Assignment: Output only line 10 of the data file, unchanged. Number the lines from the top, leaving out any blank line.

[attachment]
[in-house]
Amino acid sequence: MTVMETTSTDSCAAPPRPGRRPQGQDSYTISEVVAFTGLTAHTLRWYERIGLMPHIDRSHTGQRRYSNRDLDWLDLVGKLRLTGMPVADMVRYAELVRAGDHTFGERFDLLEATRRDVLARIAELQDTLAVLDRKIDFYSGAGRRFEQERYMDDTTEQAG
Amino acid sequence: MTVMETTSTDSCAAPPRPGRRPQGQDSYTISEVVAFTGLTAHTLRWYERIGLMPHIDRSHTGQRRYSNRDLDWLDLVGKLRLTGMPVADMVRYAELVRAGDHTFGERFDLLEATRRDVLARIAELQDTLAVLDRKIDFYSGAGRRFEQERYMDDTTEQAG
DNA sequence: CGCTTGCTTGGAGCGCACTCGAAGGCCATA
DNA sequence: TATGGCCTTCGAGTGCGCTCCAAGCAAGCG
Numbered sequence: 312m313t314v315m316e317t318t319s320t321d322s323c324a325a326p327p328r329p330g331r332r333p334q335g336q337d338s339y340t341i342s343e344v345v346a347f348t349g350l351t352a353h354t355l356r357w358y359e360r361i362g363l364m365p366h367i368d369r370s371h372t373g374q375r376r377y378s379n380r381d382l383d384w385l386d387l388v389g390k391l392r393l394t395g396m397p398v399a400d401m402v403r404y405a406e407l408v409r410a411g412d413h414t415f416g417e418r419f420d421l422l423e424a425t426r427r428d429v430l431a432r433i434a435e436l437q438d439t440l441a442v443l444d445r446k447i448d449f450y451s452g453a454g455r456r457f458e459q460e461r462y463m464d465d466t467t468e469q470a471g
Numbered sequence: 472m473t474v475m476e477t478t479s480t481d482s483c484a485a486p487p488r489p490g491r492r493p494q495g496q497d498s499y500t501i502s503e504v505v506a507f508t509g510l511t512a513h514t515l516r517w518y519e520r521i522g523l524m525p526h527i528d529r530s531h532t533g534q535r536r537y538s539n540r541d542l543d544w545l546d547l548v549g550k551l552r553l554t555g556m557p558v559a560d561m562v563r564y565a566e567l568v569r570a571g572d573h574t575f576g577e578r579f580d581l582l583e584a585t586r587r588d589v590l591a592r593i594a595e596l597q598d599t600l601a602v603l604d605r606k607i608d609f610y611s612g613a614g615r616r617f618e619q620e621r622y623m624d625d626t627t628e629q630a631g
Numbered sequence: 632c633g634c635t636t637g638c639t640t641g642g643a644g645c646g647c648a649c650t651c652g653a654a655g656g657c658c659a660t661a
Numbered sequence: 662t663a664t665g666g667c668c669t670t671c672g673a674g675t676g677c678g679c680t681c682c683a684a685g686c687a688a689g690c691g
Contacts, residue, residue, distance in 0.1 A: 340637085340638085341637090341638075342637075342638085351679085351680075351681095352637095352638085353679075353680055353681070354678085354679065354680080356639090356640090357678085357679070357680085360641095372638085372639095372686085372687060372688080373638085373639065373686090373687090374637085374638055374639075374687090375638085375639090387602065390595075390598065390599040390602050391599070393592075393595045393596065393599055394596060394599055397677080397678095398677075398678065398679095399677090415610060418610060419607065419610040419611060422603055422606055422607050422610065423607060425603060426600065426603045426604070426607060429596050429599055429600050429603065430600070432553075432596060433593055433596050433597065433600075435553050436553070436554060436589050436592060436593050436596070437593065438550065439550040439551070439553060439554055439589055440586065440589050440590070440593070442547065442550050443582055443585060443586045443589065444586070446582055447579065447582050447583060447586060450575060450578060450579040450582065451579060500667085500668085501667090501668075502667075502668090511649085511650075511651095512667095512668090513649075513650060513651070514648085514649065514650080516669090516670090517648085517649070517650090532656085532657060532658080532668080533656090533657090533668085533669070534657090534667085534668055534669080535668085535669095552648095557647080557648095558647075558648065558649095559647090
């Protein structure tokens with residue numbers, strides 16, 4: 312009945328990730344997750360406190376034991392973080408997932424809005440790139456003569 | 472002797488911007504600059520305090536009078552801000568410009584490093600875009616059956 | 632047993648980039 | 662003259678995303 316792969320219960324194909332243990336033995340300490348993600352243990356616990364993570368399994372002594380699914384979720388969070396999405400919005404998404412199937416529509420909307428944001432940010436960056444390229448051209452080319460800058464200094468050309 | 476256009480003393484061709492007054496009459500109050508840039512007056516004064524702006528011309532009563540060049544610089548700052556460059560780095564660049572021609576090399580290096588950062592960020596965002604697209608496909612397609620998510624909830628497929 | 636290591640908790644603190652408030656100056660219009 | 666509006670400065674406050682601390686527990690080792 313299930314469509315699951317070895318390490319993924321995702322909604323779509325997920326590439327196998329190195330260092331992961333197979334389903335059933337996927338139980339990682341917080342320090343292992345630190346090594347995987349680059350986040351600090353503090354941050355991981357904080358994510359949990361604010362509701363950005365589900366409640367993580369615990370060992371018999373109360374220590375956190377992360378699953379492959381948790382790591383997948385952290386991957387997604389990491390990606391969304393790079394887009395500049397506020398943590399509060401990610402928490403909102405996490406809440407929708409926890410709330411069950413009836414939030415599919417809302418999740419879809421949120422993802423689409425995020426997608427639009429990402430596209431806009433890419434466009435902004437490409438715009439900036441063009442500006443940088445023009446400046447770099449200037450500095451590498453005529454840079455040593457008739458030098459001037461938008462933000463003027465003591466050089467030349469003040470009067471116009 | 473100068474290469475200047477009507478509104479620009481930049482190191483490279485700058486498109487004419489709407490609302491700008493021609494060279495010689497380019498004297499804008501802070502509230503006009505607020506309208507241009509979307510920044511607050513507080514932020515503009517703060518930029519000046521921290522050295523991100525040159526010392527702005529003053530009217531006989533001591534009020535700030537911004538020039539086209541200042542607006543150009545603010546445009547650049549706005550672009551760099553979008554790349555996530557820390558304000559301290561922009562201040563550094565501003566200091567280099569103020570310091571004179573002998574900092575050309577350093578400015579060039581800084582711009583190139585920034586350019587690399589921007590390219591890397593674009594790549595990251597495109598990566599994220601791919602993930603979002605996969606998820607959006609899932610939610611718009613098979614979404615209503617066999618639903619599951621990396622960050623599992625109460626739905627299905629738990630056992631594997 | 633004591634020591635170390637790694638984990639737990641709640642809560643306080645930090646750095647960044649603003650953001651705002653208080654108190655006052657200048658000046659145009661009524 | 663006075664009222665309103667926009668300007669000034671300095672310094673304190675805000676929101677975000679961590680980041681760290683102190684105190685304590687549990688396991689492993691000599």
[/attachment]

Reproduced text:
Contacts, residue, residue, distance in 0.1 A: 340637085340638085341637090341638075342637075342638085351679085351680075351681095352637095352638085353679075353680055353681070354678085354679065354680080356639090356640090357678085357679070357680085360641095372638085372639095372686085372687060372688080373638085373639065373686090373687090374637085374638055374639075374687090375638085375639090387602065390595075390598065390599040390602050391599070393592075393595045393596065393599055394596060394599055397677080397678095398677075398678065398679095399677090415610060418610060419607065419610040419611060422603055422606055422607050422610065423607060425603060426600065426603045426604070426607060429596050429599055429600050429603065430600070432553075432596060433593055433596050433597065433600075435553050436553070436554060436589050436592060436593050436596070437593065438550065439550040439551070439553060439554055439589055440586065440589050440590070440593070442547065442550050443582055443585060443586045443589065444586070446582055447579065447582050447583060447586060450575060450578060450579040450582065451579060500667085500668085501667090501668075502667075502668090511649085511650075511651095512667095512668090513649075513650060513651070514648085514649065514650080516669090516670090517648085517649070517650090532656085532657060532658080532668080533656090533657090533668085533669070534657090534667085534668055534669080535668085535669095552648095557647080557648095558647075558648065558649095559647090